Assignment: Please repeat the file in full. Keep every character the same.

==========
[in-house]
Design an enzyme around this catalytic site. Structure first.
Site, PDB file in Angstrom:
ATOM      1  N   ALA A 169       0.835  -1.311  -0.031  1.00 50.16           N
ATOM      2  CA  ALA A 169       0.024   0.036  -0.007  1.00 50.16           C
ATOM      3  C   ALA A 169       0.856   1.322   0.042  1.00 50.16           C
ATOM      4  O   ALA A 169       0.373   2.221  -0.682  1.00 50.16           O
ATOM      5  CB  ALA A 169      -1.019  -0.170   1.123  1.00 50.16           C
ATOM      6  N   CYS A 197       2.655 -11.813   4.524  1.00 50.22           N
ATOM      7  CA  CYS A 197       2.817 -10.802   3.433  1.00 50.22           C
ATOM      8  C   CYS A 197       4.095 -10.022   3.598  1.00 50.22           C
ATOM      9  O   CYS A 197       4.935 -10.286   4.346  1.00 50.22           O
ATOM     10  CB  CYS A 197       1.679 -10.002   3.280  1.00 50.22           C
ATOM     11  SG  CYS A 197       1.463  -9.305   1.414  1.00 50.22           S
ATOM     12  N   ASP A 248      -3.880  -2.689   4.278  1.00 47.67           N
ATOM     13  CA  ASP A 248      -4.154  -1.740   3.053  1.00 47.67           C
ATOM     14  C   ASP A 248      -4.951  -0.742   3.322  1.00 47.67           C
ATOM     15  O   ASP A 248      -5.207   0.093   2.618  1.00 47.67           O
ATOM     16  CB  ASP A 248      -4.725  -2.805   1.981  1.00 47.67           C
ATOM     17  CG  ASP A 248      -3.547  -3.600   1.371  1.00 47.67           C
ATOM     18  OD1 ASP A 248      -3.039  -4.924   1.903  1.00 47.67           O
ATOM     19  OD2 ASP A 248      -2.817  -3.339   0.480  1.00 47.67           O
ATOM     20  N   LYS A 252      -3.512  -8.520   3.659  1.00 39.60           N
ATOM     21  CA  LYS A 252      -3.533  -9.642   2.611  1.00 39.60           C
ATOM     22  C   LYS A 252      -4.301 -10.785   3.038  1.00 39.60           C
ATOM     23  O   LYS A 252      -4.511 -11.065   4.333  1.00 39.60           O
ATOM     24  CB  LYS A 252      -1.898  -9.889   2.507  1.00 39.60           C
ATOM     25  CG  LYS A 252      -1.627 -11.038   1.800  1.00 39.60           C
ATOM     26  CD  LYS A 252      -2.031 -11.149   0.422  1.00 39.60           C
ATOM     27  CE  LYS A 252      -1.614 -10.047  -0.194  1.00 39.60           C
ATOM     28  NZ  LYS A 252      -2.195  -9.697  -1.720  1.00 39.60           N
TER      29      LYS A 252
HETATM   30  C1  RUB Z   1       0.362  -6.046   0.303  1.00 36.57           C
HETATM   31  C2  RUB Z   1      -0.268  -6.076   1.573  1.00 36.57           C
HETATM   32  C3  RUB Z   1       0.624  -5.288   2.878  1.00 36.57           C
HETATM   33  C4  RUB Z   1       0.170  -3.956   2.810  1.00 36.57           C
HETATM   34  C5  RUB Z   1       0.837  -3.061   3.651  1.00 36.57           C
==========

[in-house]
Design an enzyme around this catalytic site. Structure first.
Site, PDB file in Angstrom:
ATOM      1  N   ALA A 169       0.835  -1.311  -0.031  1.00 50.16           N
ATOM      2  CA  ALA A 169       0.024   0.036  -0.007  1.00 50.16           C
ATOM      3  C   ALA A 169       0.856   1.322   0.042  1.00 50.16           C
ATOM      4  O   ALA A 169       0.373   2.221  -0.682  1.00 50.16           O
ATOM      5  CB  ALA A 169      -1.019  -0.170   1.123  1.00 50.16           C
ATOM      6  N   CYS A 197       2.655 -11.813   4.524  1.00 50.22           N
ATOM      7  CA  CYS A 197       2.817 -10.802   3.433  1.00 50.22           C
ATOM      8  C   CYS A 197       4.095 -10.022   3.598  1.00 50.22           C
ATOM      9  O   CYS A 197       4.935 -10.286   4.346  1.00 50.22           O
ATOM     10  CB  CYS A 197       1.679 -10.002   3.280  1.00 50.22           C
ATOM     11  SG  CYS A 197       1.463  -9.305   1.414  1.00 50.22           S
ATOM     12  N   ASP A 248      -3.880  -2.689   4.278  1.00 47.67           N
ATOM     13  CA  ASP A 248      -4.154  -1.740   3.053  1.00 47.67           C
ATOM     14  C   ASP A 248      -4.951  -0.742   3.322  1.00 47.67           C
ATOM     15  O   ASP A 248      -5.207   0.093   2.618  1.00 47.67           O
ATOM     16  CB  ASP A 248      -4.725  -2.805   1.981  1.00 47.67           C
ATOM     17  CG  ASP A 248      -3.547  -3.600   1.371  1.00 47.67           C
ATOM     18  OD1 ASP A 248      -3.039  -4.924   1.903  1.00 47.67           O
ATOM     19  OD2 ASP A 248      -2.817  -3.339   0.480  1.00 47.67           O
ATOM     20  N   LYS A 252      -3.512  -8.520   3.659  1.00 39.60           N
ATOM     21  CA  LYS A 252      -3.533  -9.642   2.611  1.00 39.60           C
ATOM     22  C   LYS A 252      -4.301 -10.785   3.038  1.00 39.60           C
ATOM     23  O   LYS A 252      -4.511 -11.065   4.333  1.00 39.60           O
ATOM     24  CB  LYS A 252      -1.898  -9.889   2.507  1.00 39.60           C
ATOM     25  CG  LYS A 252      -1.627 -11.038   1.800  1.00 39.60           C
ATOM     26  CD  LYS A 252      -2.031 -11.149   0.422  1.00 39.60           C
ATOM     27  CE  LYS A 252      -1.614 -10.047  -0.194  1.00 39.60           C
ATOM     28  NZ  LYS A 252      -2.195  -9.697  -1.720  1.00 39.60           N
TER      29      LYS A 252
HETATM   30  C1  RUB Z   1       0.362  -6.046   0.303  1.00 36.57           C
HETATM   31  C2  RUB Z   1      -0.268  -6.076   1.573  1.00 36.57           C
HETATM   32  C3  RUB Z   1       0.624  -5.288   2.878  1.00 36.57           C
HETATM   33  C4  RUB Z   1       0.170  -3.956   2.810  1.00 36.57           C
HETATM   34  C5  RUB Z   1       0.837  -3.061   3.651  1.00 36.57           C